But more to the point, I also believe there’s an essential goodness in what we are as human beings. Otherwise, we wouldn’t be here now; we wouldn’t have survived that critical moment millions of years ago. But we did, because we learned the value of working together, of a diverse and broad collection of skills, and of intelligence. Continue reading
Dark-rye pizza with multinational topping
When in doubt, make pizza. And make it from scratch, otherwise it doesn’t count in the greater scheme of things. I mean, anybody can squeeze pizza sauce out of a plastic bottle, or chop onions, red pepper, mushrooms, green and black olives, and even spinach. There is to be sure a certain, patient skill to grating pizza mozzarella and even crumbling feta cheese on top. Oh, and yes, a sprinkling of Oregano. Continue reading
I was talking a few evenings ago to my young friends, a well-read, pleasant couple with hope in their hearts, about the state of the world. We settled for a while into a discussion about the troubling, political situation in the U.S. where exploitation of a significant portion of the population by a populist demagogue with dangerous dictatorial tendencies is leading that great country, and the world, down a dangerous path.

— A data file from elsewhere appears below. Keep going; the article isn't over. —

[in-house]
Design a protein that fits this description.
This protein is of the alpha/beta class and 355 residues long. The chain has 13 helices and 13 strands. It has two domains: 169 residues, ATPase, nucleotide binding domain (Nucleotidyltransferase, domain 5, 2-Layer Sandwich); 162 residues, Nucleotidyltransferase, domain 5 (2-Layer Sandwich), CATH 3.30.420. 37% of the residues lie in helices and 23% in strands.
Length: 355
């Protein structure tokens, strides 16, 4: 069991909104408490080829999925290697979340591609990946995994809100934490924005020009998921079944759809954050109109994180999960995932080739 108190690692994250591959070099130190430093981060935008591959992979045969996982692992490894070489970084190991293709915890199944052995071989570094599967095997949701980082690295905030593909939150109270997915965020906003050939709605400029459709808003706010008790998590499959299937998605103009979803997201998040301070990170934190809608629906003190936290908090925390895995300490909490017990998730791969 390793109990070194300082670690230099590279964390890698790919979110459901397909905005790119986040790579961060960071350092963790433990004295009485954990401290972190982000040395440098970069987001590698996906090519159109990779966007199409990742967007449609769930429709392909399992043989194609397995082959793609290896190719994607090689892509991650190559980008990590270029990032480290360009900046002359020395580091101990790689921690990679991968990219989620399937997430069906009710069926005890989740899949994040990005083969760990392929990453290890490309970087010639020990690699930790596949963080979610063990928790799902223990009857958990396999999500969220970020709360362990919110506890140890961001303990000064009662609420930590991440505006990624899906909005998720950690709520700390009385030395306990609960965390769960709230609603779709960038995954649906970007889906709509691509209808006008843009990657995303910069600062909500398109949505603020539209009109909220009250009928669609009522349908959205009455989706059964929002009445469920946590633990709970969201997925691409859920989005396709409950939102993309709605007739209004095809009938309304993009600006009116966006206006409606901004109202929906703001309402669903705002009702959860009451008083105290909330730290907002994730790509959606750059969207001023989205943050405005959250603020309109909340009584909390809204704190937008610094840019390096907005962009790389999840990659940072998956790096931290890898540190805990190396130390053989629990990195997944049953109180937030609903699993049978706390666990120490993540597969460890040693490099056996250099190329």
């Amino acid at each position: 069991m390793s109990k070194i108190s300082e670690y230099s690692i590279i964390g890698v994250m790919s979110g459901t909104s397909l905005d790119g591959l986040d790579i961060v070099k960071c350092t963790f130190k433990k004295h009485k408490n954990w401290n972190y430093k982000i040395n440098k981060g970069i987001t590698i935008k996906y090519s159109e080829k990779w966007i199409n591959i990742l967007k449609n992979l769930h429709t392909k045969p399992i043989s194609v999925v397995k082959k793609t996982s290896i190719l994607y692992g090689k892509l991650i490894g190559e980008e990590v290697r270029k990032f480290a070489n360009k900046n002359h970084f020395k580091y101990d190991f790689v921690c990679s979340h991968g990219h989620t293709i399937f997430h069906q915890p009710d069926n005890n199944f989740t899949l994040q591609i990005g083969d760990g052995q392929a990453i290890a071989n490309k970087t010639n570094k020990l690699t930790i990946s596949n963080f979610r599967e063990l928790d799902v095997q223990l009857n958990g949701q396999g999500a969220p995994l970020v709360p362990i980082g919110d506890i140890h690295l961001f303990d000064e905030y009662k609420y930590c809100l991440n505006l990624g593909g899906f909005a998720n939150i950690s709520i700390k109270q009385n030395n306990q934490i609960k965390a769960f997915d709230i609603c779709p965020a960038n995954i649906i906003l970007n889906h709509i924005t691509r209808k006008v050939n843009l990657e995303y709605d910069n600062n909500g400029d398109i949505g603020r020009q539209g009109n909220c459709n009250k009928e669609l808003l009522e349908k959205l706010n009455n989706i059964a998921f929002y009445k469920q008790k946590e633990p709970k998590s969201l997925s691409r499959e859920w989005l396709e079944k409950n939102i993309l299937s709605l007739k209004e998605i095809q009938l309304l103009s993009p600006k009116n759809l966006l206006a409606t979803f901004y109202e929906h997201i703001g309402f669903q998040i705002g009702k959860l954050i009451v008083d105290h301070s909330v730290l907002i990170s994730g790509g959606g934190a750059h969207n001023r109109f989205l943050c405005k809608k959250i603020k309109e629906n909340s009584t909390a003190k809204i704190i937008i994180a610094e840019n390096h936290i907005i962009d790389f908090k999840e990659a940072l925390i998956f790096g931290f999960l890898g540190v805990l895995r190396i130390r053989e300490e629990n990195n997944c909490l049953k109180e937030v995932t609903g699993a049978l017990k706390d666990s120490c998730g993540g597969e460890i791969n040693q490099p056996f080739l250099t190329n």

Suddenly, as often happens, a recollection of a memory that seemed relevant to the discussion came to my mind. In this case, it was a scene from the 1951, British-made movie A Christmas Carol, based on the short story of that title by the great 19th Century English writer, Charles Dickens. Continue reading
A nice loaf of bread if I do say so myself.
Traditional yeast prepared the usual way, sort of;
Two cups of warm water, in a large bowl;
Pour in some extra virgin olive oil, about a quarter cup, give or take,
Some salt – I dunno, maybe a teaspoon.
(This is a slight variation of a basic pita bread recipe;
Simple, to say the yeast.)
Once, in the basement of a house I rented many years ago when I was much younger I found an old dresser in the unfinished, stone basement — in a dark corner, among the cobwebs.
Covered in dust, it’s drawers littered with mouse droppings, I brought it out into the light and proceeded to restore it, or so I thought in my foolishness. Continue reading